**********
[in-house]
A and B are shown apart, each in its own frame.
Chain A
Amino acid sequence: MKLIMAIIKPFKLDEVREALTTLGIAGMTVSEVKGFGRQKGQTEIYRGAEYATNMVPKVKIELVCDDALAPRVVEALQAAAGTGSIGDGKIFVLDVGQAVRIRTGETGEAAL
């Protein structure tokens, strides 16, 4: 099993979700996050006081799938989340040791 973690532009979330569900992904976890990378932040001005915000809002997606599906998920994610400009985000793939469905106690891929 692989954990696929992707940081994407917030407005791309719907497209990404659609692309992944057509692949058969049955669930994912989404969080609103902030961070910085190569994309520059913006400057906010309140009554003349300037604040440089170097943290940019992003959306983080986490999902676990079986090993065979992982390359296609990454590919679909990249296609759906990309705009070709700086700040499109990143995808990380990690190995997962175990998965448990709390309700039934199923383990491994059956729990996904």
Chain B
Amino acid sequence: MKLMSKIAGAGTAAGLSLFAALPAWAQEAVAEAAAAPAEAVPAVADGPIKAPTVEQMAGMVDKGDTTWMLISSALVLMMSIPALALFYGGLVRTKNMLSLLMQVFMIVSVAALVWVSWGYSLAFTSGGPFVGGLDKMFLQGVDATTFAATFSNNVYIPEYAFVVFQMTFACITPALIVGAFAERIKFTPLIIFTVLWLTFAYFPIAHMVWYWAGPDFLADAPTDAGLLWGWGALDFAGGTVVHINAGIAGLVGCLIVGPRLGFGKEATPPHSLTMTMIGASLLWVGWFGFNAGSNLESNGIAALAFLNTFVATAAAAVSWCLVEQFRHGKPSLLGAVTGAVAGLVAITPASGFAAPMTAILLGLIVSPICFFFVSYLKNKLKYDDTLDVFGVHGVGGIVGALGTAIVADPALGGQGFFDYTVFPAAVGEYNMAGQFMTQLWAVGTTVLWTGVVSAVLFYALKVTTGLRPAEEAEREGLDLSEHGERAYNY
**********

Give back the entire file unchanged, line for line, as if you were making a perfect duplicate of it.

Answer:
[in-house]
A and B are shown apart, each in its own frame.
Chain A
Amino acid sequence: MKLIMAIIKPFKLDEVREALTTLGIAGMTVSEVKGFGRQKGQTEIYRGAEYATNMVPKVKIELVCDDALAPRVVEALQAAAGTGSIGDGKIFVLDVGQAVRIRTGETGEAAL
């Protein structure tokens, strides 16, 4: 099993979700996050006081799938989340040791 973690532009979330569900992904976890990378932040001005915000809002997606599906998920994610400009985000793939469905106690891929 692989954990696929992707940081994407917030407005791309719907497209990404659609692309992944057509692949058969049955669930994912989404969080609103902030961070910085190569994309520059913006400057906010309140009554003349300037604040440089170097943290940019992003959306983080986490999902676990079986090993065979992982390359296609990454590919679909990249296609759906990309705009070709700086700040499109990143995808990380990690190995997962175990998965448990709390309700039934199923383990491994059956729990996904």
Chain B
Amino acid sequence: MKLMSKIAGAGTAAGLSLFAALPAWAQEAVAEAAAAPAEAVPAVADGPIKAPTVEQMAGMVDKGDTTWMLISSALVLMMSIPALALFYGGLVRTKNMLSLLMQVFMIVSVAALVWVSWGYSLAFTSGGPFVGGLDKMFLQGVDATTFAATFSNNVYIPEYAFVVFQMTFACITPALIVGAFAERIKFTPLIIFTVLWLTFAYFPIAHMVWYWAGPDFLADAPTDAGLLWGWGALDFAGGTVVHINAGIAGLVGCLIVGPRLGFGKEATPPHSLTMTMIGASLLWVGWFGFNAGSNLESNGIAALAFLNTFVATAAAAVSWCLVEQFRHGKPSLLGAVTGAVAGLVAITPASGFAAPMTAILLGLIVSPICFFFVSYLKNKLKYDDTLDVFGVHGVGGIVGALGTAIVADPALGGQGFFDYTVFPAAVGEYNMAGQFMTQLWAVGTTVLWTGVVSAVLFYALKVTTGLRPAEEAEREGLDLSEHGERAYNY